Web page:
Charleston Mourns The Dead At Emanuel AME: 'I Knew Every Single One Of Them'

CHARLESTON, S.C. -- Andre McPherson has been coming to the Emanuel AME Church here off and on since 2003. His visit on Thursday night was his first in a couple of years, he said with a hint of guilt, but he felt he owed it to the church leaders and congregation to stop by.

In his more trying days when he was homeless, McPherson said, he often found himself at the doorstep of what's known as "Mother Emanuel." The Charleston resident credits the historic African-American church with helping him get off of drugs.

"This church helped me get me life together," McPherson, 44, said through tears. "It helped me go back to my kids. It helped me get away from a certain street mentality. It helped me have pride."

McPherson was one of hundreds from Charleston and nearby towns who filed by the church doors on Thursday, paying respects to the nine who died after being shot inside the previous night. The suspected gunman, 21-year-old Dylann Roof, had apparently been welcomed as a stranger to the church's regular Wednesday evening Bible study session, spending an hour with the group before opening fire. One woman reportedly said he told her he was letting her go so she could tell the story of what happened.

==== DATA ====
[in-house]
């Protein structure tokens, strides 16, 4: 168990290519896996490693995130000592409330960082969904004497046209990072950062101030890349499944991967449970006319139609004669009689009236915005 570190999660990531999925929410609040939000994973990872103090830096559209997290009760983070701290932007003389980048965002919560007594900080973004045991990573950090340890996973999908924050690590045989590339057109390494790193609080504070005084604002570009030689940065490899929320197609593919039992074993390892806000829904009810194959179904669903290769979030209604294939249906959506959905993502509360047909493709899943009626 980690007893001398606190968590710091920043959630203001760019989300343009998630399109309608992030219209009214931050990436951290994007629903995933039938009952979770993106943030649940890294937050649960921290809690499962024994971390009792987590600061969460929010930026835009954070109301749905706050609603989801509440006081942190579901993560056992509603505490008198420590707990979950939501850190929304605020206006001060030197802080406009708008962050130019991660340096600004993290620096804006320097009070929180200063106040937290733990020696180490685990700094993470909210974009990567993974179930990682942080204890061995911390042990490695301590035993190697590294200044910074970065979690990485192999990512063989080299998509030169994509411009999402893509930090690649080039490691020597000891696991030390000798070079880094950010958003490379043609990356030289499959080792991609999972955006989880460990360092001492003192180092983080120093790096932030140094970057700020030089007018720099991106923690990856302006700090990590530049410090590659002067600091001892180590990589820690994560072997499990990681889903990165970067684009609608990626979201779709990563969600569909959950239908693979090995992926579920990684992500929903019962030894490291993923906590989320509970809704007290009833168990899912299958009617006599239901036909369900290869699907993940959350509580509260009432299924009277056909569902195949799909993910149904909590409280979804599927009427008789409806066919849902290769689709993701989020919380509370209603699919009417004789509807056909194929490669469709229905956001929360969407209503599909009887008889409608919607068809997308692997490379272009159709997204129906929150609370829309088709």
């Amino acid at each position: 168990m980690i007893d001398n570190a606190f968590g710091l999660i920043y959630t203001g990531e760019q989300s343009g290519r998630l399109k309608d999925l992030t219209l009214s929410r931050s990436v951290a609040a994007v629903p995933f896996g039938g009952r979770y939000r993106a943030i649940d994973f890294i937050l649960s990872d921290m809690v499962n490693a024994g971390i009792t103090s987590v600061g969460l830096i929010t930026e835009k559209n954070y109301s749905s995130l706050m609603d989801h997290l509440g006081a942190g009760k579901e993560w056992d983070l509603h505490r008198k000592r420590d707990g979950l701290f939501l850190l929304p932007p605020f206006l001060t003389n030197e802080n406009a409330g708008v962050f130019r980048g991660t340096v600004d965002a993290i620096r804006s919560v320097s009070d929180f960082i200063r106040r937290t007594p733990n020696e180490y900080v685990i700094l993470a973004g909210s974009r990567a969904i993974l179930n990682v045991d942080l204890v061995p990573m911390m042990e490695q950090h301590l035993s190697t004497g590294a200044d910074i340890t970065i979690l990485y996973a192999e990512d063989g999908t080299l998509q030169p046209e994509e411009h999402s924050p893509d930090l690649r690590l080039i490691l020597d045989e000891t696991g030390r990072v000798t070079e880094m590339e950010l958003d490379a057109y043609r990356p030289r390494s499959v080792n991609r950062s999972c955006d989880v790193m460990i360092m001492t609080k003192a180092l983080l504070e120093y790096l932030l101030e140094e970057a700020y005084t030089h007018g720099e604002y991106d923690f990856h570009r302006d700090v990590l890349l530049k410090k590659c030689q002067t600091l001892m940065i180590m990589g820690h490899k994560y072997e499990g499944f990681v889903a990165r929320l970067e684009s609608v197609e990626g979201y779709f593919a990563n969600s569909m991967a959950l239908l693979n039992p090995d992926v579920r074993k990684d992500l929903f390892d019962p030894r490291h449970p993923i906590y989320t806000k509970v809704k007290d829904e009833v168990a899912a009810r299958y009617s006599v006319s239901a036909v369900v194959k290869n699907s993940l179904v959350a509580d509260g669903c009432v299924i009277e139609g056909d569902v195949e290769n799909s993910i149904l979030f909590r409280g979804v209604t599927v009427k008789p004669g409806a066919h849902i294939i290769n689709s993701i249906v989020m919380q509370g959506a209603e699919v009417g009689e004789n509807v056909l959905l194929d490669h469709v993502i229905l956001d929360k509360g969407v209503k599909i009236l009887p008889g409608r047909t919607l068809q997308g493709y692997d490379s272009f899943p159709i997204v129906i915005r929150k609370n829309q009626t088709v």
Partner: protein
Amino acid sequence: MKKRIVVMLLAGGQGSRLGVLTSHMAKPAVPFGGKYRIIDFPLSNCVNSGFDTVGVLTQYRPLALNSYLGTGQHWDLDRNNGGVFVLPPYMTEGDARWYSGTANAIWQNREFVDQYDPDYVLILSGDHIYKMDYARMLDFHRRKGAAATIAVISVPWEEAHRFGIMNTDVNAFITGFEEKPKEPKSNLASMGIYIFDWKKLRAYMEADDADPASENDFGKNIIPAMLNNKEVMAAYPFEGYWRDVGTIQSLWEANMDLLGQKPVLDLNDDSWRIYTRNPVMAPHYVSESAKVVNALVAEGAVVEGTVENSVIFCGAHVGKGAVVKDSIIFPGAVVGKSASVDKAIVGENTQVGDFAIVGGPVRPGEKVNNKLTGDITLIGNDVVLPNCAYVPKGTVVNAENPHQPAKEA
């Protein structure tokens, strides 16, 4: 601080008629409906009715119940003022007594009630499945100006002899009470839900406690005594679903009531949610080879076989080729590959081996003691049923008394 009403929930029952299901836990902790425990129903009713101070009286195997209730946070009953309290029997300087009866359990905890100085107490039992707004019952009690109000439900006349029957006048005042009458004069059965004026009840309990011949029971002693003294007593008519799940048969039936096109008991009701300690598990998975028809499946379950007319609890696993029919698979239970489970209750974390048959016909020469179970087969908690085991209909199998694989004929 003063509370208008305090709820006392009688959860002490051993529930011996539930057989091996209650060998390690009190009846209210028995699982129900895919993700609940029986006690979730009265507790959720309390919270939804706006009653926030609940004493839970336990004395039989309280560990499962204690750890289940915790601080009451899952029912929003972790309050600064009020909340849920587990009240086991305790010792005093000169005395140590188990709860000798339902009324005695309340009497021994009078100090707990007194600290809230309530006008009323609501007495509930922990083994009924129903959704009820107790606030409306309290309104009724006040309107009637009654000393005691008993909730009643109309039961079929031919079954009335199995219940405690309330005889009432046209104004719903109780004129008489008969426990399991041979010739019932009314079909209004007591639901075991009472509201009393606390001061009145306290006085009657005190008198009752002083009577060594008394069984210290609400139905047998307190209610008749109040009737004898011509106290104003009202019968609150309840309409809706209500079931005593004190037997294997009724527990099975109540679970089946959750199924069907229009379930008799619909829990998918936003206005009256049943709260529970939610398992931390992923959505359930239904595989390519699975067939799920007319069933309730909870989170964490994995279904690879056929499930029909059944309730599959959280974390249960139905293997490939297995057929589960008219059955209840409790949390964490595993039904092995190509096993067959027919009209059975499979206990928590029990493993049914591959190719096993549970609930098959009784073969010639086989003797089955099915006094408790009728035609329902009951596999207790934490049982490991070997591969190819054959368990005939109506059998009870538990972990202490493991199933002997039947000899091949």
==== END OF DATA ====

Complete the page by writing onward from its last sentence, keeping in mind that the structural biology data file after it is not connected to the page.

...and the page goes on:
Roof, who is white, was arrested Thursday in Shelby, North Carolina, and was returned to Charleston to face murder and hate-crime charges. His first court appearance was scheduled for Friday.

Members of the church stood out on Calhoun Street in downtown Charleston on Thursday, gazing up at its facade, bewildered by the massacre. Emanuel AME is close-knit, and members of the church who were interviewed said they knew all nine of the victims personally.

"I knew every single one of them," said Bailee Moutrie, 21, whose whole extended family goes to the church. "Every one of them has a special place in my heart."